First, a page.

Tenkara on the Swift River, MA

Trip reports, findings, events, and general experiences with tenkara fishing. Tell other tenkara enthusiasts about your tenkara experience

Re: Tenkara on the Swift River, MA

Postby LMarshall » Mon Nov 09, 2009 10:04 am

Just spent some time composing a response to find I'd timed out; post lost. I'll get back to this topic later today.

Best regards,
Laurent
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Re: Tenkara on the Swift River, MA

Postby LMarshall » Mon Nov 09, 2009 12:21 pm

Whether or not tenkara is suitable for big fish seems to be a critical issue that generates a lot of discussion. I suspect it won't go away anytime soon.I don't think tenkara is the most effective method by which to target really big trout.

Respect for the fish and the environment in which they live is paramount. As a principally catch and release angler (I have been known on occasion to take fish home to eat), I object to fish being played to death. I also believe that tenkara does lead one to land fish quicker; this has a lot to do with not having a reel with a drag setting available, or the need to reel in all that line.

After my learning experience on the Swift, and having read the responses here, my own opinion vis a vis tenkara and large trout is that when there is a chance you might catch large and strong fish, bring a net. With a net I think a larger fish could be controlled and released without the need to play it for an inordinate period of time.

To clarify my original post, let me just say that I was using 7x tippet, and the fish shook off the barb-less hook after I grabbed the line. It also wasn't my intention to target large fish. There are big fish in the Swift, but many moderately sized ones as well. My experience with the Iwana has been that good sized crappie and smaller to medium LMB are really quite manageable. My fishing the Swift with the Iwana was based on that experience. I expected that If I did hook a 20in fish it would just break off and that would be that.
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Re: Tenkara on the Swift River, MA

Postby Daniel @ Tenkara USA » Mon Nov 09, 2009 6:08 pm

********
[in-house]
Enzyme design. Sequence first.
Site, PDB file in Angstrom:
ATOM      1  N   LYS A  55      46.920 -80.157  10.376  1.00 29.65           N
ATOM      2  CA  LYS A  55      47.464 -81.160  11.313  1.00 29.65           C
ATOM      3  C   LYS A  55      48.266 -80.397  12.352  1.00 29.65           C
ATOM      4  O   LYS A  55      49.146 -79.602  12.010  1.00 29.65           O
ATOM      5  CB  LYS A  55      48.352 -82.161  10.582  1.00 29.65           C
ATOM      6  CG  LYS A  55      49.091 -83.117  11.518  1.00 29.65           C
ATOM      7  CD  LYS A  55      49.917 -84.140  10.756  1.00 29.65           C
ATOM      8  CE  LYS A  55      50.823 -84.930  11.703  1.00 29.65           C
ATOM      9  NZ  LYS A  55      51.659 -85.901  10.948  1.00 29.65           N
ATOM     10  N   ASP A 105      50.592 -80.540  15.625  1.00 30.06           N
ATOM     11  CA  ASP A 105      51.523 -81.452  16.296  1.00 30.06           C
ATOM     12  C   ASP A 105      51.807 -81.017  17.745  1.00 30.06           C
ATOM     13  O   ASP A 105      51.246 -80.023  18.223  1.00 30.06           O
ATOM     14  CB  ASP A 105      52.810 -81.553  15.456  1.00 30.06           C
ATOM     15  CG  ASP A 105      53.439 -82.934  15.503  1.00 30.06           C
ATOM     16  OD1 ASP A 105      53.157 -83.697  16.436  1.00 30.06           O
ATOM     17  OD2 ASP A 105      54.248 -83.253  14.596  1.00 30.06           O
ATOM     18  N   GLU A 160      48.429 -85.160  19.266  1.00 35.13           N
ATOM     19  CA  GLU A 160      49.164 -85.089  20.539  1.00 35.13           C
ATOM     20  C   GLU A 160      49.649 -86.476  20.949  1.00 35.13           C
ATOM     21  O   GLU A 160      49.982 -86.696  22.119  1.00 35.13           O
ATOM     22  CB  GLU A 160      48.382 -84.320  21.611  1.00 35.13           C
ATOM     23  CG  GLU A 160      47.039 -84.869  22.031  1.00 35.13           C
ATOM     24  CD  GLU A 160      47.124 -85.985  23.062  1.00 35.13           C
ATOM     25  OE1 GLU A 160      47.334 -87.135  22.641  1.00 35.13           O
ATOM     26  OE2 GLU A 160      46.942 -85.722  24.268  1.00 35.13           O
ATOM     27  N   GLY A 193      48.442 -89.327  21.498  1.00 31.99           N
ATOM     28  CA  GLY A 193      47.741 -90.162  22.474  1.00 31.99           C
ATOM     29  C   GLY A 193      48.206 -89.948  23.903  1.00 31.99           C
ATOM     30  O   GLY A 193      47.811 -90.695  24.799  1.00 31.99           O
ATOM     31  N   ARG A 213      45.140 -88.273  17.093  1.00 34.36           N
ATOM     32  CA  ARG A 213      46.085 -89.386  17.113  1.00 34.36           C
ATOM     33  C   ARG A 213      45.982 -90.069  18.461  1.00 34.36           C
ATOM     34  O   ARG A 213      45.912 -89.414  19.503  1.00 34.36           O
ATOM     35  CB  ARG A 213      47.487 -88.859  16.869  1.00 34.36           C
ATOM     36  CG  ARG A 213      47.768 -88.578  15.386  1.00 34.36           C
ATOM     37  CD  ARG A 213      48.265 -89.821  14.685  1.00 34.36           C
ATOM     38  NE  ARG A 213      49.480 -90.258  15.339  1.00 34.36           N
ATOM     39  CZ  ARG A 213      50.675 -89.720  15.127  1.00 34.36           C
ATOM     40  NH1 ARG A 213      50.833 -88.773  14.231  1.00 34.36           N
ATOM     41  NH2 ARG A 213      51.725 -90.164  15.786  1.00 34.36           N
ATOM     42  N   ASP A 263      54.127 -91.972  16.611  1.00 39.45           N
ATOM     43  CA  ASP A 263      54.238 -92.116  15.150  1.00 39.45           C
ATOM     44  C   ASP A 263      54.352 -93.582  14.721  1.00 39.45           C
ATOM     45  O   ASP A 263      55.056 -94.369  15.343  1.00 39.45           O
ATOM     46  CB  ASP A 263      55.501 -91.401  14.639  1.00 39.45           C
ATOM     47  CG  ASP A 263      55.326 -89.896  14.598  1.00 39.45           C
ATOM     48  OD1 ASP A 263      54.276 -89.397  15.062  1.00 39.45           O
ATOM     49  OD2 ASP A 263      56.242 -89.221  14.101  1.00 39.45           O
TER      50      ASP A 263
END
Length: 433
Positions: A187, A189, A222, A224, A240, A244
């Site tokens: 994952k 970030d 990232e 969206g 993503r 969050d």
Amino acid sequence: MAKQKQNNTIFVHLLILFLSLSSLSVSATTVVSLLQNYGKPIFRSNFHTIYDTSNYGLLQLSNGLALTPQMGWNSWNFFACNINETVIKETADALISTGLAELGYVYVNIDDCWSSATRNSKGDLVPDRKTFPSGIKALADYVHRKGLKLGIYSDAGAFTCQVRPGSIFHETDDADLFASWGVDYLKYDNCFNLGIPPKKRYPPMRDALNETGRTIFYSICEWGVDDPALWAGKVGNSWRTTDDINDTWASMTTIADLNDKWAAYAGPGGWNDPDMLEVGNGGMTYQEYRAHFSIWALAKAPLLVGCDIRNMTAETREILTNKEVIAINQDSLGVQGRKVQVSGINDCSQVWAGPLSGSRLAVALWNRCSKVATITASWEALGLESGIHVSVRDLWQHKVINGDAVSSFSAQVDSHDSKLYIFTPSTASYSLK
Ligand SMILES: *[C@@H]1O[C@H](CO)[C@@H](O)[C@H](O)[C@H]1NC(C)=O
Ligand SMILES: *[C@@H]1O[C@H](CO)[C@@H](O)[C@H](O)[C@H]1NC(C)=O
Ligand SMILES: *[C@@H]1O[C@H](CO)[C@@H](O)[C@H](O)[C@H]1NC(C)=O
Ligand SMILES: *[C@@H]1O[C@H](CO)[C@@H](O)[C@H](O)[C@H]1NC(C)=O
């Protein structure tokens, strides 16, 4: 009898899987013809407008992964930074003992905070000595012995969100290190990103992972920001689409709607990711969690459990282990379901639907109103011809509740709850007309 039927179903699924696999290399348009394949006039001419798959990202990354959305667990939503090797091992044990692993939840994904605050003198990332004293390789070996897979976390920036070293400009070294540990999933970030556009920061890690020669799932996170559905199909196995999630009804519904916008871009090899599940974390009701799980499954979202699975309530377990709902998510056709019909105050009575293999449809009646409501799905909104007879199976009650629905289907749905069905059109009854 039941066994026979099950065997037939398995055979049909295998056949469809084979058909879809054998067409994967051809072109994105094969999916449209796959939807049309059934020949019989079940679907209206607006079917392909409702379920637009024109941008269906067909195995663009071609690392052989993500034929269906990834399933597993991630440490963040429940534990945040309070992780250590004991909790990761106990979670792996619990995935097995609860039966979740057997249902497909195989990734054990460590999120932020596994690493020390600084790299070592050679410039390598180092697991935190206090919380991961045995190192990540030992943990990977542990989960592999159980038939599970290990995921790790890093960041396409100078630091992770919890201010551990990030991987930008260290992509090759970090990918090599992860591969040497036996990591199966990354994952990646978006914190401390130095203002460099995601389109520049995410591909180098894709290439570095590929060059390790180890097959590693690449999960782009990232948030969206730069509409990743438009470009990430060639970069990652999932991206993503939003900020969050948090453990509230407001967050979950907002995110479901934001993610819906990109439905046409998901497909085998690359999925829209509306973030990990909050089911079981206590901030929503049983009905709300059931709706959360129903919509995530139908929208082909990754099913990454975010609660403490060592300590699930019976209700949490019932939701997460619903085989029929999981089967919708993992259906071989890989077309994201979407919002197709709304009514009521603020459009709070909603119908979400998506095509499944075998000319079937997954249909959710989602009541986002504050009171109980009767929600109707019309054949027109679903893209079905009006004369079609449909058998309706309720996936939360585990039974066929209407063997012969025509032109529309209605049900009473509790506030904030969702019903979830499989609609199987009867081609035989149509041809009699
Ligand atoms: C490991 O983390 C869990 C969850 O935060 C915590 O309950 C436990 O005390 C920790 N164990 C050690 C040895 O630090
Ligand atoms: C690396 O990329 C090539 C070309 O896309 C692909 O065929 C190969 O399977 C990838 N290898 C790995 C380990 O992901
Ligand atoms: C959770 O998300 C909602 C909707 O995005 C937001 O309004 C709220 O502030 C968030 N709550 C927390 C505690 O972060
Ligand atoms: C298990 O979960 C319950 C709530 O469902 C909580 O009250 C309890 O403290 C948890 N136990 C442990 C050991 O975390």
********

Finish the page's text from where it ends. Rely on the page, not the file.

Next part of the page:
The big fish issue is an interesting discussion. I agree, tenkara is not intended for all fish and not intended for targeting big fish. Just as spey is not intended to catch small fish in a small trout stream. Every tackle has its place.

When introducing it to the US I did think (i.e. had nightmares) about people using it for big fish and trying to break "tenkara records" with it, luckily that is not happening and there are no indications of it. It's a pure, gentle form of fishing for those of us who like small stream fishing and are not chasing the biggest fish. With that said, one of the exciting thrills of small streams is running into the unexpected larger fish.

However, I think landing larger fish (17 - 20") and keeping them in good shape is a matter of good technique. I have personally heard people using reels saying things like "the fish in that river are 'hot', I caught a 12" that fought a bunch and took line from my reel twice". I have always found this outrageous as there is NO reason why a 12' fish should take any line at all unless it's for the pleasure of the angler, and those are the fish that are more susceptible to dying from exhaustion. Tenkara does allow for an angler to bring fish in more quickly. I have caught numerous fish from 12 - 15" and brought them in much more quickly and in better shape than most people with reels.

The need for a net is the same in western fly fishing or tenkara, the motion is pretty similar, except that it becomes a bit harder to land fish and the use of a net indispensible when using a long line (i.e. >2ft longer than the rod) in tenkara, otherwise there is little/no difference at all. Also, the flexible rod serves a similar function to the drag on a reel.

It takes getting used to holding the line and not losing fish. My first couple of times using a long line and grabbing the line before the fish I lost a lot of fish as I held the line, but after a while I got used to bringing them quickly and haven't been losing fish any more than by chance.

So, as we all get more experienced, it becomes easier to handle fish of most sizes in a respecting manner. That is what I always strive for.
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